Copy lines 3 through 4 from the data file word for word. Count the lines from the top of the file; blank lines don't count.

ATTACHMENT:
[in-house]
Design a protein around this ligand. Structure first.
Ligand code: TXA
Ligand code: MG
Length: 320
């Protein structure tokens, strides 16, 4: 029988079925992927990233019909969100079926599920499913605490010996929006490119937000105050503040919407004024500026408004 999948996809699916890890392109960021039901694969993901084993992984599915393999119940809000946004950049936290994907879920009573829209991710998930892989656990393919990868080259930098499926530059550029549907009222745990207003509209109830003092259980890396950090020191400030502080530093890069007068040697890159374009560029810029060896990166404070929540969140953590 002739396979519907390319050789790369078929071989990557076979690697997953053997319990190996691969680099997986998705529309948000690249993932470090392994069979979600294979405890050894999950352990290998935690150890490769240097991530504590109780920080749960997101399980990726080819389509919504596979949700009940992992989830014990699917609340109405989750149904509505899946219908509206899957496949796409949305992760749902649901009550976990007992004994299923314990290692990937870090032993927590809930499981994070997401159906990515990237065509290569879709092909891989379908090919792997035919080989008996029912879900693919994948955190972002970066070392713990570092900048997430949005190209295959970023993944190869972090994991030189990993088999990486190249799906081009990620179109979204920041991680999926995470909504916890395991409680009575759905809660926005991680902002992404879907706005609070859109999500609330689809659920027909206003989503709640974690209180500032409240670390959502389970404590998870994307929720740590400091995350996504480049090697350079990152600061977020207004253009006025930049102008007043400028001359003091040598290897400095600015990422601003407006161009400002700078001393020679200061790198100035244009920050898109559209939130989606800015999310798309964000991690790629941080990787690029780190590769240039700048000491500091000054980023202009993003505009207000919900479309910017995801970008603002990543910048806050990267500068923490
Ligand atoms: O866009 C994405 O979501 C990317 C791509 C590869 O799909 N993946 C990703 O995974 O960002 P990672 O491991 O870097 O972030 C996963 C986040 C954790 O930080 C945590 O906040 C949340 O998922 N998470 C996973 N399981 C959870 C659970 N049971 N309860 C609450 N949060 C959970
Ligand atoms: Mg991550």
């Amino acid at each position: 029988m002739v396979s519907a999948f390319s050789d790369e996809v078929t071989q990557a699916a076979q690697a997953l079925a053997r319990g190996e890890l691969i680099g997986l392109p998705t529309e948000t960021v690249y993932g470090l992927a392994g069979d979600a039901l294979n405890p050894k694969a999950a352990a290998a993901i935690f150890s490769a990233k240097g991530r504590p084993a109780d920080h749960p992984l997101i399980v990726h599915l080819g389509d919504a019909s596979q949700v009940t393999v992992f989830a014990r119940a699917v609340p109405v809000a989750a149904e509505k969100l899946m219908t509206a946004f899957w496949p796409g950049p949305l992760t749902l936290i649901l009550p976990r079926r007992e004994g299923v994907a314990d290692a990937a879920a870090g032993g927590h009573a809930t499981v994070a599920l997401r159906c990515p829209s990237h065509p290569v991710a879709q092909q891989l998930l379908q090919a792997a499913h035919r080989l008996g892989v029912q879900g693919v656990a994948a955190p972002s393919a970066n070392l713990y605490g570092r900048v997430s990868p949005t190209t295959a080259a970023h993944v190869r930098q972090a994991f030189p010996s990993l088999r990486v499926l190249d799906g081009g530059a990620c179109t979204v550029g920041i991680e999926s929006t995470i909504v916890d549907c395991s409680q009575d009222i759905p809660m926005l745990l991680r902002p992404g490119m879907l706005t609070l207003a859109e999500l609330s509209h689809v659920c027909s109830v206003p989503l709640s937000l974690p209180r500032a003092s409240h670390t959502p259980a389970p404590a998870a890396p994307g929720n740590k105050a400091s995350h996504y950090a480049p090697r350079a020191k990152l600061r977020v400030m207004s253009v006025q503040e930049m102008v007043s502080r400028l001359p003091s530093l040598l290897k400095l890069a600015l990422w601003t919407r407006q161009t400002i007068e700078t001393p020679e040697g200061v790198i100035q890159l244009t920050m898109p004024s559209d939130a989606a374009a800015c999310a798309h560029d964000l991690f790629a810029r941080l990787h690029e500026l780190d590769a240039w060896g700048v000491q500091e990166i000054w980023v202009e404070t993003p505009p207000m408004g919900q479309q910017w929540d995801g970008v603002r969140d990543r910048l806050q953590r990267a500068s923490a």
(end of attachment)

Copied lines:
Ligand code: TXA
Ligand code: MG